The last few years have seen a sharp uptick in discussions on the North American left about right-wing movements. This makes sense. Across the globe, we’ve seen far-right forces gaining access to state power as well as aggressively mobilizing in the streets. Some of the most striking examples have been in Hungary, Brazil, India, and the United States, but there have been many other instances, including in the Canadian context.
Many of us, as activists and organizers, are hungry for analysis that can help us understand right-wing movements more clearly and counter them more effectively. But with fast-moving events, a high velocity media landscape, and a lot of fear, it’s tempting to look for guidance from those who are quickest to offer commentaries, even when they don’t have much previous knowledge about the far-right. A good number of these commentators are liberal journalists and academics who are primarily concerned with what they understand as “extremism” or “populism”—they see right-wing movements as aberrations rather than as manifestations of ruling relations. As a result, their analyses do not provide us with the tools we need to build meaningful opposition.
Thankfully, there’s no need for any of us to pretend to be experts about the right or to rely on weak analyses. Instead, we can learn from rigorous researchers, grounded in the left, who have been closely following right-wing organizing in North America for years and, in some cases, decades. I look especially to the team at Political Research Associates, Daryle Lamont Jenkins at One People’s Project, Matthew Lyons and other contributors at Three Way Fight, and journalists Shane Burley and Jason Wilson. There’s also much we can learn from left-wing academic scholarship on movements of the right, including the work of Kathleen Blee, Sara Diamond, Mike King, Joe Lowndes, Daniel Martinez HoSang, Alexandra Minna Stern, and Alexander Reid Ross.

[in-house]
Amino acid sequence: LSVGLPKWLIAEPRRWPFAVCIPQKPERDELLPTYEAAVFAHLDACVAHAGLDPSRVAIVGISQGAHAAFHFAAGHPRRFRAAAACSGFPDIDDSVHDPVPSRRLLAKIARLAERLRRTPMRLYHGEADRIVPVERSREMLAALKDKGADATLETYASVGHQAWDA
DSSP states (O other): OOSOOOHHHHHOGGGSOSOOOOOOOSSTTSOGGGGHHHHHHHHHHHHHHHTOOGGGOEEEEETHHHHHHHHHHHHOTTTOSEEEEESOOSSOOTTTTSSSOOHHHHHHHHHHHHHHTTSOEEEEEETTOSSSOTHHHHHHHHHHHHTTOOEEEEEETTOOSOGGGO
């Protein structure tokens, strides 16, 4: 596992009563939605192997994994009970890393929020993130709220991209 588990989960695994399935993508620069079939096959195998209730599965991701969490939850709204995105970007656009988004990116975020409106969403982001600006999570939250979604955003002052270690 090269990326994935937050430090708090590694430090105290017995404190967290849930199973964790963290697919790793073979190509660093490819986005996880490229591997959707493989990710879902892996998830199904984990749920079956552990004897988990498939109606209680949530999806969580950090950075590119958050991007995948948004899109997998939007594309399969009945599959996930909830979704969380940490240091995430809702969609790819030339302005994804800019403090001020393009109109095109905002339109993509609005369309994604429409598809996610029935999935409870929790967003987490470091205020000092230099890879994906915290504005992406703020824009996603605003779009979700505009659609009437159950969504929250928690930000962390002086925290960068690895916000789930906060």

These researchers are part of a long history of courageous and principled people who have tracked right-wing organizing and violence, and worked to challenge far-right formations. In North America, this history has its origins in Black-led anti-lynching campaigns, perhaps most famously associated with Ida B. Wells, and militant working-class anti-fascist groups of the 1920s and 1930s, frequently connected to larger left-wing organizations. During the 1980s and 1990s, the John Brown Anti-Klan Committee and then Anti-Racist Action coordinated across regions to carry on this work. Today there are anti-fascist and anti-racist groups across the continent that diligently track far-right activities. It’s Going Down and the Torch Network regularly share a lot of that grassroots research.
While there is a lot for us to learn from this work, I want to highlight three points that we miss if we only read quick takes. First, these researchers encourage us to take right-wing movements seriously as movements rather than dismissing them as elite-led “astroturf” initiatives or cult-like “hate” groups. During the 1990s, Sara Diamond was quite critical of liberal groups that portrayed Christian Right organizations as corporate fronts. “It is no great surprise,” she writes in her book Not By Politics Alone, “that rich people finance institutions that will preserve the status quo. Yet the centrist watchdog groups opposed to the Christian Right play a game of ‘exposing’ the names of the Right’s rich donors as if that somehow explains the success of a social movement. It does not.” In her own research, Diamond focused on the activities, cultures, and politics—the movement infrastructure—that sustained these organizations.